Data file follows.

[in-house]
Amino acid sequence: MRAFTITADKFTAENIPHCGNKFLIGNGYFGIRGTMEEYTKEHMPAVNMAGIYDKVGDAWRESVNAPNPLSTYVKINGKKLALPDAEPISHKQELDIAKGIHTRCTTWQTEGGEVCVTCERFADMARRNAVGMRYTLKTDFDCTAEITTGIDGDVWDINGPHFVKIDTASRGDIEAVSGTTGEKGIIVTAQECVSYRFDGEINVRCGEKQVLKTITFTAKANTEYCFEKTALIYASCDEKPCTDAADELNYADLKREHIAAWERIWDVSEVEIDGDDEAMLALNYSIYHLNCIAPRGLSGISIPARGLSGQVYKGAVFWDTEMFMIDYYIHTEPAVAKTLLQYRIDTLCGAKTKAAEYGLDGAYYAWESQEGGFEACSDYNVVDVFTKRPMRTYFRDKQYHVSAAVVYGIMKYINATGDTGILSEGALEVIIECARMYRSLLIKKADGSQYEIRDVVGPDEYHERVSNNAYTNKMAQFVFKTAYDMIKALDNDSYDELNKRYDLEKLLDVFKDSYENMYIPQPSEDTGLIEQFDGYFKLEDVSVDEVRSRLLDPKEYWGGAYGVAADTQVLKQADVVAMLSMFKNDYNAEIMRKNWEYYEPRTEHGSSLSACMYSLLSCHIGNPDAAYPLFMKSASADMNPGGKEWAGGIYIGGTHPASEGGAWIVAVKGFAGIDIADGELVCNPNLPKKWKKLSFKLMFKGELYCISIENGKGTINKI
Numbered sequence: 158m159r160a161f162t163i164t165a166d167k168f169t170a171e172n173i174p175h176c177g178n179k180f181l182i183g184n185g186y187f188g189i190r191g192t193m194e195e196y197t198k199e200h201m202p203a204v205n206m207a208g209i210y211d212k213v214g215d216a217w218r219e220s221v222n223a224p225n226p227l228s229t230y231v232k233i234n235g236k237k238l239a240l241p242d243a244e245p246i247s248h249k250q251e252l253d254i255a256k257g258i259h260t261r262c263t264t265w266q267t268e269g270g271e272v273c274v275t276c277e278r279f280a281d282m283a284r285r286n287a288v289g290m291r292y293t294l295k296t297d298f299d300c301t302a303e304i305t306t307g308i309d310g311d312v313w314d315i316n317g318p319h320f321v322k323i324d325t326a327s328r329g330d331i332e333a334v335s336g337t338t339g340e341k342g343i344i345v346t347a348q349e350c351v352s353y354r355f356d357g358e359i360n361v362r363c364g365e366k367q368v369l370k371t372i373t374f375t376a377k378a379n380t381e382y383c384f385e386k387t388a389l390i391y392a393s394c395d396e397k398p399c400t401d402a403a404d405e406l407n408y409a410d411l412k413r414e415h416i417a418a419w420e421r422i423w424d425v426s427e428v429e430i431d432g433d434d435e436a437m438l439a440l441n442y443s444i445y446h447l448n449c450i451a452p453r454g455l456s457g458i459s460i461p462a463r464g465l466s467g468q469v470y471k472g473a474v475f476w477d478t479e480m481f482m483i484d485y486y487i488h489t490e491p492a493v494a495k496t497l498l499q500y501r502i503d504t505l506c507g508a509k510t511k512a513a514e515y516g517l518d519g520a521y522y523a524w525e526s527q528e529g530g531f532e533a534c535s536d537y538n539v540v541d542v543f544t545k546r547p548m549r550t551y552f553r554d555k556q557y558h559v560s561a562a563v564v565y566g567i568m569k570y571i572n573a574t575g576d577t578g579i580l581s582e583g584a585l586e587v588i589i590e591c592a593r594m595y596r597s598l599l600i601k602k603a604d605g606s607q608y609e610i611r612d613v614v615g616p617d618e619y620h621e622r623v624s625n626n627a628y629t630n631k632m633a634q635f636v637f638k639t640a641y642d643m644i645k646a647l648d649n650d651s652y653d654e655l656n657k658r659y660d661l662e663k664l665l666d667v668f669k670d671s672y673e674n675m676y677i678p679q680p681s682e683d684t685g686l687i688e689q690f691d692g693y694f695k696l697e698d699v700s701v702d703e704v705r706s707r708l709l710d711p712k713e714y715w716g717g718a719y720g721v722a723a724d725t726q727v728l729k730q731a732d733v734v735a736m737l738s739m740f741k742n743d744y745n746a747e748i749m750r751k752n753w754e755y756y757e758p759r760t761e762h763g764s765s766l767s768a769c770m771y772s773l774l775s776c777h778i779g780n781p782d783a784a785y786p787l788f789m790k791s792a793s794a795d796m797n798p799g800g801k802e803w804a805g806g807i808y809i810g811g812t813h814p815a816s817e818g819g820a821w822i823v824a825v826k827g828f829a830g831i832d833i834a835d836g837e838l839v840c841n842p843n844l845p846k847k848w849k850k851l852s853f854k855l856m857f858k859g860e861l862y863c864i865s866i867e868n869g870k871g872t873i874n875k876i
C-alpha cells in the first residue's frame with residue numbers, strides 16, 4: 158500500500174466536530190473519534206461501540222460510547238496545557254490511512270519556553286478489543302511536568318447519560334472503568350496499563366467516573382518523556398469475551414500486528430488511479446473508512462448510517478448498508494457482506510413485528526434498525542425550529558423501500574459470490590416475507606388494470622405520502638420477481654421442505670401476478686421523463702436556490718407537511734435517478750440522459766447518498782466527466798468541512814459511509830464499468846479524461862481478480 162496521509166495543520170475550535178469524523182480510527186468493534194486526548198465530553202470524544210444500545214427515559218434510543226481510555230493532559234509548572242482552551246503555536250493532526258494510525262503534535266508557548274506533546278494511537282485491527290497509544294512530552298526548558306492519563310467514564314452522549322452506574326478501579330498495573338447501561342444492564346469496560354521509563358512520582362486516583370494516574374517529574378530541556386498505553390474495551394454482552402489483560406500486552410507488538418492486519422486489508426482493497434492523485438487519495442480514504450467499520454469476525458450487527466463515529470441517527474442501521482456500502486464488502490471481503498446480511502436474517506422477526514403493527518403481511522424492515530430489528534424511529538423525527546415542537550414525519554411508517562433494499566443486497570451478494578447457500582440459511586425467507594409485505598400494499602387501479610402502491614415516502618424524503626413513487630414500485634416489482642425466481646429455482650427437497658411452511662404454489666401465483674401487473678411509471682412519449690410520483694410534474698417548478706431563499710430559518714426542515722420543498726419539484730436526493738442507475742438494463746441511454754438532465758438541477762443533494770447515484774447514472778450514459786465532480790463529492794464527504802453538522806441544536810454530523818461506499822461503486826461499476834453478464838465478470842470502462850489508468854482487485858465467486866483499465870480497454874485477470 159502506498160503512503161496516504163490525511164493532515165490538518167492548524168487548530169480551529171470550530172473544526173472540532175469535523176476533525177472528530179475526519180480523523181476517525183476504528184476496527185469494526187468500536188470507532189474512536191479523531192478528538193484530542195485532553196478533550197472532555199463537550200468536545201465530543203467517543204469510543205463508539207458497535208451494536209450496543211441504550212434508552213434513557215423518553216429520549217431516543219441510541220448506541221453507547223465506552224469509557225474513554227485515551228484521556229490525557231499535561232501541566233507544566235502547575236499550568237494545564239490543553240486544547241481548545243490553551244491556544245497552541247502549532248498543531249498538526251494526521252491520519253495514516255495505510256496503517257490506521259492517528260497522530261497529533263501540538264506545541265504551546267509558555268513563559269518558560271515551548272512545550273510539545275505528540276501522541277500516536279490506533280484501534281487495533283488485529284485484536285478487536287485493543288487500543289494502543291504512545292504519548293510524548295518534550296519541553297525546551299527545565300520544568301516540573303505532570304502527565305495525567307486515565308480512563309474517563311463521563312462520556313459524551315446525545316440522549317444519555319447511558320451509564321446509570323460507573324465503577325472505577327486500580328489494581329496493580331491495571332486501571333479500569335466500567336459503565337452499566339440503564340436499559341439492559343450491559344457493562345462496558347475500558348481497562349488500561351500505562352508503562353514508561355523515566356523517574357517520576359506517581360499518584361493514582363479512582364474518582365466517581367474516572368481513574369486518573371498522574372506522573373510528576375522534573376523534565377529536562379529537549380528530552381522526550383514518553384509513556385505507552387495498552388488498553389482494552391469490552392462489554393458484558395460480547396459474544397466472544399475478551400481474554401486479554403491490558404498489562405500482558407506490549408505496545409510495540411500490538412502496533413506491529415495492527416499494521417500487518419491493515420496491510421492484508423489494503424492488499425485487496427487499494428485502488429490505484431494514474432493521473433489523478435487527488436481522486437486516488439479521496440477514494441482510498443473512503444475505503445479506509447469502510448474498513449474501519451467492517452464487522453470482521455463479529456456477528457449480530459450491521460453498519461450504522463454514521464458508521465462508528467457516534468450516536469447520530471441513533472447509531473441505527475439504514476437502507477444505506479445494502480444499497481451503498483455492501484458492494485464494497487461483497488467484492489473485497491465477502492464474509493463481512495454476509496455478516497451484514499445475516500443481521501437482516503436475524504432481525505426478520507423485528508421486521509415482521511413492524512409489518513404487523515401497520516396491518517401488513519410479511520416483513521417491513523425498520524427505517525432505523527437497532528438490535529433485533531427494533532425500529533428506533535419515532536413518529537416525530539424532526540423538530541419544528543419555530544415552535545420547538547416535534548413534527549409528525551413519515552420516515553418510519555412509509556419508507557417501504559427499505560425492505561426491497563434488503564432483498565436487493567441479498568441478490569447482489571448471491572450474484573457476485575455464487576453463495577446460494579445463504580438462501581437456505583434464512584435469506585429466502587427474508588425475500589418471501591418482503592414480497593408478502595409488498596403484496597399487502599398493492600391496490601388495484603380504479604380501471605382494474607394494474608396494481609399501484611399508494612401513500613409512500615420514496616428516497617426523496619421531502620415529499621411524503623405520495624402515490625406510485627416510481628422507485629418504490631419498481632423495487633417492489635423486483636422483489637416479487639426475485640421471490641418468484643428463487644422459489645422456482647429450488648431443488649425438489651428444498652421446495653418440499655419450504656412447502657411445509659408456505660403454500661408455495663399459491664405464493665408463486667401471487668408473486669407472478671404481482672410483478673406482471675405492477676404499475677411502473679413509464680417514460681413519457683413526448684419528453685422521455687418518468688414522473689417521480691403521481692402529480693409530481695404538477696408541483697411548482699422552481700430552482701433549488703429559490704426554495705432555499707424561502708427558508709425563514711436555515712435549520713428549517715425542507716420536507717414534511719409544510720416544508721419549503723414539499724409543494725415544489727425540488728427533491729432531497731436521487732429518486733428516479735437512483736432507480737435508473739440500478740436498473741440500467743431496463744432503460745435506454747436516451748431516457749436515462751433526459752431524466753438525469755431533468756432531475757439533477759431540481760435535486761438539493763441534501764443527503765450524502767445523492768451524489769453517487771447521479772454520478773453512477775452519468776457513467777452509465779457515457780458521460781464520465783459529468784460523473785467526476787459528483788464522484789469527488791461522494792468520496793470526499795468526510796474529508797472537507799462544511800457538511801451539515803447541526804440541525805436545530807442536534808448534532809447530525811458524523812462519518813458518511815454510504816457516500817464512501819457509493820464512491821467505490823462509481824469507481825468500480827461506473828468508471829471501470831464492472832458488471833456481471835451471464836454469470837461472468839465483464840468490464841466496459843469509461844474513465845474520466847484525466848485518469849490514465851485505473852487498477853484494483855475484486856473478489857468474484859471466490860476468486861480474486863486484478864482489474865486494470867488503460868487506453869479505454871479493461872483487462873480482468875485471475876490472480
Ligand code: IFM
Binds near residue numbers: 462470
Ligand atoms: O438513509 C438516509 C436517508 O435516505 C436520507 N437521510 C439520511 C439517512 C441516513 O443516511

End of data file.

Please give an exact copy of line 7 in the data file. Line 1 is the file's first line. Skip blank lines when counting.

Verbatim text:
Ligand atoms: O438513509 C438516509 C436517508 O435516505 C436520507 N437521510 C439520511 C439517512 C441516513 O443516511